Interview with Sharon Hart-Green, Author of Come Back for Me: A Novel

We’re please today to be talking with Sharon Hart-Green about her debut novel, Come Back for Me.

Please describe what your book is about.

Artur Mandelkorn is a young Hungarian Holocaust survivor whose desperate quest to find his sister takes him to post-war Israel. Intersecting Artur’s tale is that of Suzy Kohn, a Toronto teenager whose seemingly tranquil life is shattered when her uncle’s sudden death tears her family apart, leading her into a troubled relationship with a charismatic musician. Their stories eventually come together in Israel following the Six-Day War, where love and understanding become the threads that bind the two narratives together.

Share a teaser sentence or two from your novel.

I saw it set in the hollows of his eyes: he was a man whose past had died. Along with everyone else who was part of it.

What do you want people to know about your book?

COME BACK FOR ME is a panoramic novel that crosses continents and spans several decades. Plot-driven and rich in characterization, it’s been described as a book that’s hard to put down.

What did you learn about yourself while writing this novel?

A lot! I learned that by listening carefully to suggestions from outside readers and editing partners, I can become a better writer.

What was your timeline from drafting to publication?

The first draft of my novel was started about seven years ago. However, that draft was totally different from the finished novel I have in my hands today. It took three or four substantive revisions (and a major structural change) before I finished the novel.

What is your favorite part of writing (drafting characters, making up scenes, plotting, developing emotional turning points, etc). Why?

On a good writing day, the process of creating something out of nothing is truly magical. But (alas) those days are few and far between. Most of the time, I write and delete, write and delete. As a rule, I do not enjoy plotting in advance, but prefer that my characters take me with them to places unknown and unplanned. To me that element of surprise is the best part of writing!

Briefly, where did the idea for your book come from?

I have always been intrigued by the fact that there are individuals who have endured unspeakable horrors in their lives, yet have managed to go on and lead productive lives. Many novels have been written about those who have been psychologically destroyed by tragedy. I wanted to write about individuals who seem to be able to transcend their own suffering. What is their secret?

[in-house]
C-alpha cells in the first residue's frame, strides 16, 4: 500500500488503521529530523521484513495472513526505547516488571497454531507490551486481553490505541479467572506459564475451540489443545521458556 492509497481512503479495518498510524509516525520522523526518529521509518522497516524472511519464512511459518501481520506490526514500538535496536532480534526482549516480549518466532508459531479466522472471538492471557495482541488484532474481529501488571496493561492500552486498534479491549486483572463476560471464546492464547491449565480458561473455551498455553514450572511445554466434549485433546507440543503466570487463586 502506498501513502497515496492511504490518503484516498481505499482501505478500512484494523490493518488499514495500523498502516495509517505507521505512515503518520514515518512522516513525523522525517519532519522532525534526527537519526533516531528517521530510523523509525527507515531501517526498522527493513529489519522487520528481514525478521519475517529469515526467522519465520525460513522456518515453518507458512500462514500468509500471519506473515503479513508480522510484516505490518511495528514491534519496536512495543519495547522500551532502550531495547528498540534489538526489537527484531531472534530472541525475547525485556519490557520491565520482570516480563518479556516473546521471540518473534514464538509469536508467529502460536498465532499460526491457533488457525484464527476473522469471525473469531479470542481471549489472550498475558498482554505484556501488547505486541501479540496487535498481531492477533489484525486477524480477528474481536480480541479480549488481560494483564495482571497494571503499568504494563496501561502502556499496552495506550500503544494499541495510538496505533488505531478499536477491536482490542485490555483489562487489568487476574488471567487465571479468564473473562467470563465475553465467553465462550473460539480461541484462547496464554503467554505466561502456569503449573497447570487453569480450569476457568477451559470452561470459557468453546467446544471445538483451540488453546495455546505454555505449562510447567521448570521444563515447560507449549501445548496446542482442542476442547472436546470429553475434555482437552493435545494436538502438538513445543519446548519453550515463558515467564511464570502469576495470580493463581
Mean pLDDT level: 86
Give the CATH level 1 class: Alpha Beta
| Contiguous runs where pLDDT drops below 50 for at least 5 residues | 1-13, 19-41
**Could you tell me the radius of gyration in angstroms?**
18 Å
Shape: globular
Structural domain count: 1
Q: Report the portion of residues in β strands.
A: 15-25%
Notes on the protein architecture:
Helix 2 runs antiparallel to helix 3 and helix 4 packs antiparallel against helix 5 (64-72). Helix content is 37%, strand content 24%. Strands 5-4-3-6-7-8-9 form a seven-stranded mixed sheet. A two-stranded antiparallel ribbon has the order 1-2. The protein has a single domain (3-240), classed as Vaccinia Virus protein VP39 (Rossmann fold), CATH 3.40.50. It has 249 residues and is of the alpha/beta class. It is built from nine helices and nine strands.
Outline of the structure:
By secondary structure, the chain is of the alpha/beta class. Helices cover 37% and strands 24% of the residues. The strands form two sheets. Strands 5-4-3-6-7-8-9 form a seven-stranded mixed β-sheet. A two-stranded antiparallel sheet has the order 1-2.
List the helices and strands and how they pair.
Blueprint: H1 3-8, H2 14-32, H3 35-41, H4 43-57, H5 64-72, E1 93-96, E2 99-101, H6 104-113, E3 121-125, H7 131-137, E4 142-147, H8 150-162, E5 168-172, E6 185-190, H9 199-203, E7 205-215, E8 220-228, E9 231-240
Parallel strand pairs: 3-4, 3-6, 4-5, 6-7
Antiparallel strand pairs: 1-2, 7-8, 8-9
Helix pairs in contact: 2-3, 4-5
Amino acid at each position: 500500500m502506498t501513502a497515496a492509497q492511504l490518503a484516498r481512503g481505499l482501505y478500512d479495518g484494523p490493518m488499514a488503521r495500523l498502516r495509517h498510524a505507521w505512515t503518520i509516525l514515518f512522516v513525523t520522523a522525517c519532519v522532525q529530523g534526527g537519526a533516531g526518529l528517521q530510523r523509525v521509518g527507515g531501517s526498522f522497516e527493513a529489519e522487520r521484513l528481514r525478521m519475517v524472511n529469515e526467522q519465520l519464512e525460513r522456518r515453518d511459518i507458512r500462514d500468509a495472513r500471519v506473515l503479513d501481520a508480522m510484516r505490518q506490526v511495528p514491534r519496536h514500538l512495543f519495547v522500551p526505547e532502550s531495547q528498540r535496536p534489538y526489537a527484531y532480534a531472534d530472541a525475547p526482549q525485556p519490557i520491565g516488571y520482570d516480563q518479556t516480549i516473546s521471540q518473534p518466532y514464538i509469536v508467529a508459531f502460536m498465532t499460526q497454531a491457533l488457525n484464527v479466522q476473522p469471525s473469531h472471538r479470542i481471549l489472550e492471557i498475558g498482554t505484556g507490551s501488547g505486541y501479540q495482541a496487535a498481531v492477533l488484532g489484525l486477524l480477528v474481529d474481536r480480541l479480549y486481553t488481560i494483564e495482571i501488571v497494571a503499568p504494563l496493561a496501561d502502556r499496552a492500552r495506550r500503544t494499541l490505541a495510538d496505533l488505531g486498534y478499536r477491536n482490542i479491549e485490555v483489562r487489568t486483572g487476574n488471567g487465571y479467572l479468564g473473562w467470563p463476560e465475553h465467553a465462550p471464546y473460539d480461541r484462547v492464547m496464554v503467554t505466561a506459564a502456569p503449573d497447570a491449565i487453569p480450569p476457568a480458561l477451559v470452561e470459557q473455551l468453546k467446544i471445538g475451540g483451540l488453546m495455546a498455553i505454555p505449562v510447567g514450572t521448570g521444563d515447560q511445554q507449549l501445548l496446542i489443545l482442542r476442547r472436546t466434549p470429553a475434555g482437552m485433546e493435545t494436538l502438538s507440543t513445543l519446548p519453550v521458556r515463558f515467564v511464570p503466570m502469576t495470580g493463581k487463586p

When do you do your best thinking about your work in progress?

My best thinking often takes place when I least expect it: in the shower, in the car during a traffic jam, or just before falling asleep at night. I suppose it must have something to do with letting one’s thoughts run free. Creativity is a strange brew of opposites: hard work and letting oneself be free to do nothing but daydream.

Share something people may be surprised to know about you.

Before I pursued an academic career, I was involved in theatre and acted in several plays when I was still a teenager. In fact, I was in a play in Toronto with Gilda Radner. Her kindness to me (someone much younger and less experienced) is something I will never forget.

What’s the best piece of writing advice you’ve ever gotten?

Write a little bit every day, even if you despise what you put down on the page. You can always edit it!

What’s next?

I’m working on a novel about a young man with mystical inclinations who is searching for love.

What writer influenced you the most?

I think that the writer Isaac Bashevis Singer had the greatest influence on me. To me, his novels and short stories possess that rare combination of compelling storytelling, inventive prose, and deep insight into the human condition. Although he has set the bar extremely high, it is something I strive to achieve in my own writing.


Loss, trauma, memory, and, above all, the ties of family are the elements that weave together this panoramic story. Artur Mandelkorn is a young Hungarian Holocaust survivor on a desperate quest to find his beloved sister, Manya. Intersecting Artur’s tale is that of Suzy Kohn, a Toronto teenager whose seemingly tranquil life is shattered by her uncle’s sudden death. Their stories come together in Israel following the Six-Day War, as the narrative travels through time and place to bring us, ultimately, to the connections between generations. Like SARAH’S KEY, Sharon Hart-Green’s debut novel COME BACK FOR ME deals evocatively with the scars left by tragedy and the possibilities for healing.

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